That trip opened my eyes to other ways of living beyond my small town. Everything and everyone in Hatfield felt so familiar—even a little boring. I wanted to learn about somewhere radically different, and having a pen pal in Africa seemed like a great way to do that.
Mrs. Miller went around the room, calling on people. Lauren picked Germany, as did many other kids in our class who had some ancestral connection. A few kids picked France, and others picked Italy and England. By the time everyone had chosen, I realized that I was the only person who had picked a country in Africa. I think it shocked my teacher, who had already busted me twice that year for chewing gum in class and once for passing a note to Lauren. Each time I was caught, I was slightly embarrassed. In seventh grade, I just wanted to blend in. I joined the field hockey team because all my friends were on it, even though I did not like running up and down a big field bent over a stick. I guess my trip to Europe had changed me. For the first time, I saw that being different wasn’t a bad thing. It was actually kind of cool.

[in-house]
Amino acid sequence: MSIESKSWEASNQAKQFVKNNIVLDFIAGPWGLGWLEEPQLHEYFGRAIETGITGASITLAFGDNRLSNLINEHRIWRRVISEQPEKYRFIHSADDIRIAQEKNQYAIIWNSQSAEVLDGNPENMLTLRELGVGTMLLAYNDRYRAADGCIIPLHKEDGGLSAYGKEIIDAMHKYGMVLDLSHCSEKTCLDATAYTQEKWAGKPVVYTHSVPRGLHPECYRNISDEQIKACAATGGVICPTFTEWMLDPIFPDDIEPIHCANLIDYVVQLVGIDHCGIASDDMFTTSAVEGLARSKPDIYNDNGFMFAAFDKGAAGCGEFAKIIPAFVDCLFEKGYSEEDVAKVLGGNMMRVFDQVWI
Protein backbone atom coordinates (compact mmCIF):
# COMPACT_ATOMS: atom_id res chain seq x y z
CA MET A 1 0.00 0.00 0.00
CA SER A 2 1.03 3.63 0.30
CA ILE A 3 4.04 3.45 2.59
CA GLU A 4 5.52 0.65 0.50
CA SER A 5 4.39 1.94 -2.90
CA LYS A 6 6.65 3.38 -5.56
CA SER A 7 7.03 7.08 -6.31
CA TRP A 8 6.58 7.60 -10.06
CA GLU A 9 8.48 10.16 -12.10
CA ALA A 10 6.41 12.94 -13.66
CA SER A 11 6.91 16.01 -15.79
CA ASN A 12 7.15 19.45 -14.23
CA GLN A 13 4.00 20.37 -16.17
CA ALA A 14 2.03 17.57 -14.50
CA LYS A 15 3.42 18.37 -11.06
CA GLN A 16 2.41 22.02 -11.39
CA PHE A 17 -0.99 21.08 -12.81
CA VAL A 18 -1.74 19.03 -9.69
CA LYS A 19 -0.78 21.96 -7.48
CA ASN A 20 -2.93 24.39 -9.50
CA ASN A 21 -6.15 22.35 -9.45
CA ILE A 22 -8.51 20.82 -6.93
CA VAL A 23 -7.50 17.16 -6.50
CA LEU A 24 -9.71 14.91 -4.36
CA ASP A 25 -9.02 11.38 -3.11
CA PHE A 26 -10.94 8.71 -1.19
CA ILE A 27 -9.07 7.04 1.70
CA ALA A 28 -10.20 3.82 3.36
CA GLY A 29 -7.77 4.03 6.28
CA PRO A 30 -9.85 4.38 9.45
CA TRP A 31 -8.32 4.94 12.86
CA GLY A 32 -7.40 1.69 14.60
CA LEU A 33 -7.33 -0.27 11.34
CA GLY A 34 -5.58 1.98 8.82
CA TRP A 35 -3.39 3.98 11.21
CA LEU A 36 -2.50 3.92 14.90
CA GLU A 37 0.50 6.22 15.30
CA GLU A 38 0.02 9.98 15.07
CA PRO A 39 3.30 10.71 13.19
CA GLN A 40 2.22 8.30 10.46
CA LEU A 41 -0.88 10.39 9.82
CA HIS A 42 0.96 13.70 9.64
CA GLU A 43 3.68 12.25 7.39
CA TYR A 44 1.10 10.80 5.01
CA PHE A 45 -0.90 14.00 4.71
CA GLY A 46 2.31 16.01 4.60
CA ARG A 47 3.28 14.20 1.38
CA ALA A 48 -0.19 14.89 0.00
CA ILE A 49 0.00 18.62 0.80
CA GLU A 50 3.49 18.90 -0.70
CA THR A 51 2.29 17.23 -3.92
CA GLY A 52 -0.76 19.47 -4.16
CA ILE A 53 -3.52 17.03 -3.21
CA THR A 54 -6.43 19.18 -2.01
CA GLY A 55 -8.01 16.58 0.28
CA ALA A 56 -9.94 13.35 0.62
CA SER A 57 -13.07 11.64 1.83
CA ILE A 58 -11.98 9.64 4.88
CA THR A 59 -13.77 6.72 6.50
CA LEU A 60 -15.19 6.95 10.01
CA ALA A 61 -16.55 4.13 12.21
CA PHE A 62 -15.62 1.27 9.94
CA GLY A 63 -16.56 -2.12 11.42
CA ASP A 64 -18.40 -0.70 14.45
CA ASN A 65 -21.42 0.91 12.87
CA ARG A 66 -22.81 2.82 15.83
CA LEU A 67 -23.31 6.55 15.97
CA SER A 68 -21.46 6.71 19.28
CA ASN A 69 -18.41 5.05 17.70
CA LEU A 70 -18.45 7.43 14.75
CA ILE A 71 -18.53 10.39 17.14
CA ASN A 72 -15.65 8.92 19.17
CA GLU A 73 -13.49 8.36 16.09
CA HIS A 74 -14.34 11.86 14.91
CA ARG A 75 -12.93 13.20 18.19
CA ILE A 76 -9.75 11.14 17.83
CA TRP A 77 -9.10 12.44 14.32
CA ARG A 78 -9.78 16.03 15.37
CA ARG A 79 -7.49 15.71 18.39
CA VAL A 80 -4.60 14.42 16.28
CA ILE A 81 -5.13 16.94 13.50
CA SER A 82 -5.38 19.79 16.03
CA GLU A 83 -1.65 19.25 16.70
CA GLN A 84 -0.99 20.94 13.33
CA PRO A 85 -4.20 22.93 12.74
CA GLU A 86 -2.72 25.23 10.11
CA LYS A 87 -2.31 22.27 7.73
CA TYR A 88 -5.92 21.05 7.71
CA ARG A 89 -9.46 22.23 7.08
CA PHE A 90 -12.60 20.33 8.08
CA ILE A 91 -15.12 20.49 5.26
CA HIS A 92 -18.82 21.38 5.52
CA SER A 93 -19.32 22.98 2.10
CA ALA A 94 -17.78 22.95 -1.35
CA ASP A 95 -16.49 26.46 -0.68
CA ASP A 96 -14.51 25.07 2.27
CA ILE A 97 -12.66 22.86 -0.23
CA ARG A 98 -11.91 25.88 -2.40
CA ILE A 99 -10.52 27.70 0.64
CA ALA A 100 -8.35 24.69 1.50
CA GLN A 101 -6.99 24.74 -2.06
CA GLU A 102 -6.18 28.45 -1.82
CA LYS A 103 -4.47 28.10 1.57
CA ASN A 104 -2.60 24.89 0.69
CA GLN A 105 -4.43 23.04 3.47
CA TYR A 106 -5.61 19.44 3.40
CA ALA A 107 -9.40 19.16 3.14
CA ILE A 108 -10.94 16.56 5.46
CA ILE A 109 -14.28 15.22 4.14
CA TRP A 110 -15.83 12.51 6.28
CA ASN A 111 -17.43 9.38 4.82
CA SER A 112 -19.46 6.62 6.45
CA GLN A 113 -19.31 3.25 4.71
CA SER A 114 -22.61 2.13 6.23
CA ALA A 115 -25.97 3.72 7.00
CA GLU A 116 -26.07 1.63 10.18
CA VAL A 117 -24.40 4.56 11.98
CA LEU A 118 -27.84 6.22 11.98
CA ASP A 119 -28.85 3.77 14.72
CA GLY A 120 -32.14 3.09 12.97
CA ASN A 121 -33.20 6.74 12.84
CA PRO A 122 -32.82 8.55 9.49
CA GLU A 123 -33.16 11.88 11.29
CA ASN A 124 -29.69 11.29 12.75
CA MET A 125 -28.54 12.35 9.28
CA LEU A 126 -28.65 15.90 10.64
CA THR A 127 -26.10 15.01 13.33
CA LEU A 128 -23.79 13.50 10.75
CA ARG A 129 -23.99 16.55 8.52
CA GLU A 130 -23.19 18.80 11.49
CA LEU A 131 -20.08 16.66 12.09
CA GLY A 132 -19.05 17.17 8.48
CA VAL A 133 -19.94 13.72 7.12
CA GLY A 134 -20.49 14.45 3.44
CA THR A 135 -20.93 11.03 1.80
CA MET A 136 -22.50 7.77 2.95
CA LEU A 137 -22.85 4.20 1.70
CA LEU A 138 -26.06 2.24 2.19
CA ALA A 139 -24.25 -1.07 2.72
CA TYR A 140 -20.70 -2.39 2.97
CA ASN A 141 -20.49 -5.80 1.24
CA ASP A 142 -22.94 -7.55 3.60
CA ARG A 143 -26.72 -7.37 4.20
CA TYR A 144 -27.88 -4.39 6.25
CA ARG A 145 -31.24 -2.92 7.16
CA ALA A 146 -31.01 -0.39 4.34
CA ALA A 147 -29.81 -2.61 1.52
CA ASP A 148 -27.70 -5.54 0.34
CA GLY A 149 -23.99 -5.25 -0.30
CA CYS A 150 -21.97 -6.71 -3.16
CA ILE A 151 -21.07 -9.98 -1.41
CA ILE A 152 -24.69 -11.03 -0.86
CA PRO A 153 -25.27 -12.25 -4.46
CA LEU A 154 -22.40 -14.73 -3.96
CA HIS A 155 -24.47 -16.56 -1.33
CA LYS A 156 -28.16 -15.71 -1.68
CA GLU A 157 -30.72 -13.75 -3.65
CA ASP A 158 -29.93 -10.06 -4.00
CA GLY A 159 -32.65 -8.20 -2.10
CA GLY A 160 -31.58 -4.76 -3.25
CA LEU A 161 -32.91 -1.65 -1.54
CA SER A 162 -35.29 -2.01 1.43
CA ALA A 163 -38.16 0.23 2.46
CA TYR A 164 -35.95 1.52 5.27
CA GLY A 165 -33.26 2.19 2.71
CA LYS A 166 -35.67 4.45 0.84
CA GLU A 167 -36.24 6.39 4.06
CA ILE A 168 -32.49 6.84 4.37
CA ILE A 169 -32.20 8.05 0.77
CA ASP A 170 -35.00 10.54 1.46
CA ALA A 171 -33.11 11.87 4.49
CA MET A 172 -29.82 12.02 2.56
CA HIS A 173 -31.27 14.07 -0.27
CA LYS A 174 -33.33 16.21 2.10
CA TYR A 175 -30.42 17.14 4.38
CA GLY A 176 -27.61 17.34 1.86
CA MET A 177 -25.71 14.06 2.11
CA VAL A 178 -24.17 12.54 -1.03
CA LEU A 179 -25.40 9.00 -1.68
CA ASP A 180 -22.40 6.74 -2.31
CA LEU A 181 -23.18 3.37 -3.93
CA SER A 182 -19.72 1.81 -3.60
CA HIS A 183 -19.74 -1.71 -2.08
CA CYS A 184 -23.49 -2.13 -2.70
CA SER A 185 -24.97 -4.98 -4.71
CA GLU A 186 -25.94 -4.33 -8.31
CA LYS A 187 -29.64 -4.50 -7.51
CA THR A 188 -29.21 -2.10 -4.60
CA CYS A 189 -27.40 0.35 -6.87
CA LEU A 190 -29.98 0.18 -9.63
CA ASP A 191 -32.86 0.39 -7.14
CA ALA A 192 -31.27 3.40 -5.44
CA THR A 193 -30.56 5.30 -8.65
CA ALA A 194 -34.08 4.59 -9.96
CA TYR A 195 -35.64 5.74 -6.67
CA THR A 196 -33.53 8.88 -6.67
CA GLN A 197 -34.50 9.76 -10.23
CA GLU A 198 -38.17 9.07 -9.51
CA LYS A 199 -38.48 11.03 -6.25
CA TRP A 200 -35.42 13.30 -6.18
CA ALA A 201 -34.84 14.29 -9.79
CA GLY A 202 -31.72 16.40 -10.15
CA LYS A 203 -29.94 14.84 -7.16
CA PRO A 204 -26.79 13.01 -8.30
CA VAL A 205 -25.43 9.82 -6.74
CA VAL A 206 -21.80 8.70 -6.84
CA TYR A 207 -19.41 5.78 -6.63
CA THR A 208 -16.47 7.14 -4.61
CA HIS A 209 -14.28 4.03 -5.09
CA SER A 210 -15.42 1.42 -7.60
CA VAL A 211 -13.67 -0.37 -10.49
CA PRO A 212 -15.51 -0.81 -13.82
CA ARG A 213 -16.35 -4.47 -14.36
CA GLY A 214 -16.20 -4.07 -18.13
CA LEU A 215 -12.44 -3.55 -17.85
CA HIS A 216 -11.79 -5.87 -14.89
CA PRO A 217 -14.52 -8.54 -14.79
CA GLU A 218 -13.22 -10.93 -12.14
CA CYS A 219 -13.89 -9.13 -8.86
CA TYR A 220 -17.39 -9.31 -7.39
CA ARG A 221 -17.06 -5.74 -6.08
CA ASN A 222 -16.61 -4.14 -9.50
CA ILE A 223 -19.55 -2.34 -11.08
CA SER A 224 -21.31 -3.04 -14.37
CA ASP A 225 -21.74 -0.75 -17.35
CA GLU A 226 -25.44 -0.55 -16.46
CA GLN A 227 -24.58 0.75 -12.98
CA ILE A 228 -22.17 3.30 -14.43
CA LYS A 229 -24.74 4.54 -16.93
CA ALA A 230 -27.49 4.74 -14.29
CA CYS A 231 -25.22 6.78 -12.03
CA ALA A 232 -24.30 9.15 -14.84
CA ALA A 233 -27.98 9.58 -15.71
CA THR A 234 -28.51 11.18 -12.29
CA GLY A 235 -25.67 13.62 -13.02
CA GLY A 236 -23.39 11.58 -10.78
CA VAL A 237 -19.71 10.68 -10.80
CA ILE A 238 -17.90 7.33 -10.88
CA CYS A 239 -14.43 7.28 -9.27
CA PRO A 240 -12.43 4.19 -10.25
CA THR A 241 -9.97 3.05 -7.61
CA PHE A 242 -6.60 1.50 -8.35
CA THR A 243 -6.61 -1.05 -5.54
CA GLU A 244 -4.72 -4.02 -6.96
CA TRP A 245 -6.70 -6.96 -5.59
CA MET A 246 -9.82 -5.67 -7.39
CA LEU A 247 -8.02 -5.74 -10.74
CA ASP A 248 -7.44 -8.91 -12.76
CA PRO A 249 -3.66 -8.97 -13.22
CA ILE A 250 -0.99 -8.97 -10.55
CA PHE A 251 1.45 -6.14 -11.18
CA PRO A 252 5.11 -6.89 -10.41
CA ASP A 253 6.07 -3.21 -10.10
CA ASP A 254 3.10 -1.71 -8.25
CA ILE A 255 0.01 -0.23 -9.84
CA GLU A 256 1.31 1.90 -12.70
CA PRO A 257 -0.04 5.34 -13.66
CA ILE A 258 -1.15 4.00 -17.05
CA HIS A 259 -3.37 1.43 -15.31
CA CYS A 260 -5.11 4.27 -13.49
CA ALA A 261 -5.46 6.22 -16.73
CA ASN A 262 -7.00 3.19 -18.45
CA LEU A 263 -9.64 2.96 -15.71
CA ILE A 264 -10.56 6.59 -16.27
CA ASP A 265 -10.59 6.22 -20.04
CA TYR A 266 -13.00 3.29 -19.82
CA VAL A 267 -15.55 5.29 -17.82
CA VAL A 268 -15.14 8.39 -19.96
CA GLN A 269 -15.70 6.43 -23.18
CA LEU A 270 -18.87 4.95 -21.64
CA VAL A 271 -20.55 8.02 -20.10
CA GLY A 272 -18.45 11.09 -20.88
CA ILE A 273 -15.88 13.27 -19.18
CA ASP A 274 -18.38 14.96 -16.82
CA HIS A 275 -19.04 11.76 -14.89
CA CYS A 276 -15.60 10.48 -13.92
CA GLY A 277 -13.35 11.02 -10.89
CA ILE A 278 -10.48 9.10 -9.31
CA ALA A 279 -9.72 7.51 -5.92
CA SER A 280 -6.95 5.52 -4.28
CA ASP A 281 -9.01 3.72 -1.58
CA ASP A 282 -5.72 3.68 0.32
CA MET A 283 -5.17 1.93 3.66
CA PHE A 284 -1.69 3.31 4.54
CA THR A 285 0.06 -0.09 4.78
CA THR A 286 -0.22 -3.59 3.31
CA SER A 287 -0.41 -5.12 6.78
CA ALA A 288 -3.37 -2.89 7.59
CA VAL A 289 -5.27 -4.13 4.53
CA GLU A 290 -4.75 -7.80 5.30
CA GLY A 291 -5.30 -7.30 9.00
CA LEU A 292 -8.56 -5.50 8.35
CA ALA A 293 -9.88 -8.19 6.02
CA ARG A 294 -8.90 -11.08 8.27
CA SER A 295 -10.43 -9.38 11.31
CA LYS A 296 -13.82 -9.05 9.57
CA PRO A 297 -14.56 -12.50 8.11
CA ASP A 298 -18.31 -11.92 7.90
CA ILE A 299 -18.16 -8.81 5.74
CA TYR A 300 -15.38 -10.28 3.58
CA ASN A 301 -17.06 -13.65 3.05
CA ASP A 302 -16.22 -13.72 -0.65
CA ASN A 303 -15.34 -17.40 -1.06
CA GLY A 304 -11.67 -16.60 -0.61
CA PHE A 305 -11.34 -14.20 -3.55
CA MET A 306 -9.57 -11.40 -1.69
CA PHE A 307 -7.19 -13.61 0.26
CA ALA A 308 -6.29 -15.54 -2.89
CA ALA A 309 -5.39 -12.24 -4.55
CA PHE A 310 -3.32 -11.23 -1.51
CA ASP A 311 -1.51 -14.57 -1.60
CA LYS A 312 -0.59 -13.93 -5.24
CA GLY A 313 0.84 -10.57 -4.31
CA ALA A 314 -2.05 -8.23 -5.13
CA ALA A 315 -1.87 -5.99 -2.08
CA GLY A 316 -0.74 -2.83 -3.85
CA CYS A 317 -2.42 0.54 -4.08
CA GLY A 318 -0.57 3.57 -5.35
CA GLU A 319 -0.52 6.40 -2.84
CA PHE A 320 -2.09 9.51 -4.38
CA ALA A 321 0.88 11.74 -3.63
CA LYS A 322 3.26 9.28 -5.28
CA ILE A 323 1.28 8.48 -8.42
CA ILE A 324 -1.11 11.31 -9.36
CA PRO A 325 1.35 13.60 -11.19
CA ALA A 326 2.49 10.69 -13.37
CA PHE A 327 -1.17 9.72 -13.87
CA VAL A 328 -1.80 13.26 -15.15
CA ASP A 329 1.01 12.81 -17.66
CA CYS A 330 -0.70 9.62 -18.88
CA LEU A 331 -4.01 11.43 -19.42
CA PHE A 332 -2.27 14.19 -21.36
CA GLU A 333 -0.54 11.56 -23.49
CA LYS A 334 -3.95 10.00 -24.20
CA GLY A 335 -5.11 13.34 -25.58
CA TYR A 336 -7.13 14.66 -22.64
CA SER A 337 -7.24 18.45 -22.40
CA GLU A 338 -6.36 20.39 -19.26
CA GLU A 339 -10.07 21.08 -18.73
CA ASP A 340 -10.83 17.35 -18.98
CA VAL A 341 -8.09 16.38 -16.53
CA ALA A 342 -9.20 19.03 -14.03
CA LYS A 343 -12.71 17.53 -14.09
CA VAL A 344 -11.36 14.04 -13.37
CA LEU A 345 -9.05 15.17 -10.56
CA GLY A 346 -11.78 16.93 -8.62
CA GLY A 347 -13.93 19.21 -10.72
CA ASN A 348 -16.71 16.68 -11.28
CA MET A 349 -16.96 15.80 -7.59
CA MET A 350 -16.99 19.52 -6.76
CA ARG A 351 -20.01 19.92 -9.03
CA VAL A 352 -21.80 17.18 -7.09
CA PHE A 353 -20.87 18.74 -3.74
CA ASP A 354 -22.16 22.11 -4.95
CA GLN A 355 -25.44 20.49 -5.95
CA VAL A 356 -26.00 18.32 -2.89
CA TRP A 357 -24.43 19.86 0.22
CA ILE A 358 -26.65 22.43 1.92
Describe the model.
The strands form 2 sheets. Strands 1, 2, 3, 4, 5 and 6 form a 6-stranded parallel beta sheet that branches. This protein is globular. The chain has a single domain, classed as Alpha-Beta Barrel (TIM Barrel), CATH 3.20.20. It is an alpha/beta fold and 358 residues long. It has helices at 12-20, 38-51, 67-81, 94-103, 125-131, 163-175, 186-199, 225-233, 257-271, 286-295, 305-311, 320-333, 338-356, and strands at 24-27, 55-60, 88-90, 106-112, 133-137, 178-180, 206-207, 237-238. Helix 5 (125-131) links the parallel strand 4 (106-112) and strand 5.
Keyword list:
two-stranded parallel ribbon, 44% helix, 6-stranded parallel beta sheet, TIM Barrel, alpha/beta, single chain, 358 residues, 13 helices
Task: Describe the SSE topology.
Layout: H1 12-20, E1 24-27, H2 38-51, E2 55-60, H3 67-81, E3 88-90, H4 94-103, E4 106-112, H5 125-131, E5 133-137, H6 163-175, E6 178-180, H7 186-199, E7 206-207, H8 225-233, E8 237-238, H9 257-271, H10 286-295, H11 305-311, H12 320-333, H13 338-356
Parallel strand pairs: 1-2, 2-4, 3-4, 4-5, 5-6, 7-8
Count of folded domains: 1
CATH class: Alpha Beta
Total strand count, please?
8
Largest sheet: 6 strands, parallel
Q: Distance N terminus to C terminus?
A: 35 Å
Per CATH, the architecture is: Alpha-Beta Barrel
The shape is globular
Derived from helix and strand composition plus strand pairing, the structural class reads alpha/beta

Our homework assignment that night was to write a letter to our new pen pal. Since we did not know who would be receiving our letters, Mrs. Miller said to simply write Hello! instead of Dear so and so. I was actually excited about homework, maybe for the first time ever.
That afternoon, I sat on the bus next to Heather, my other best friend, who was a year older and lived two houses away from me. I told her about my pen pal assignment.
“That’s so cool,” she said. “What are you going to ask?”
It was a good question: I had no idea what to write or where to start. I thought about it as the bus pulled out of the school driveway.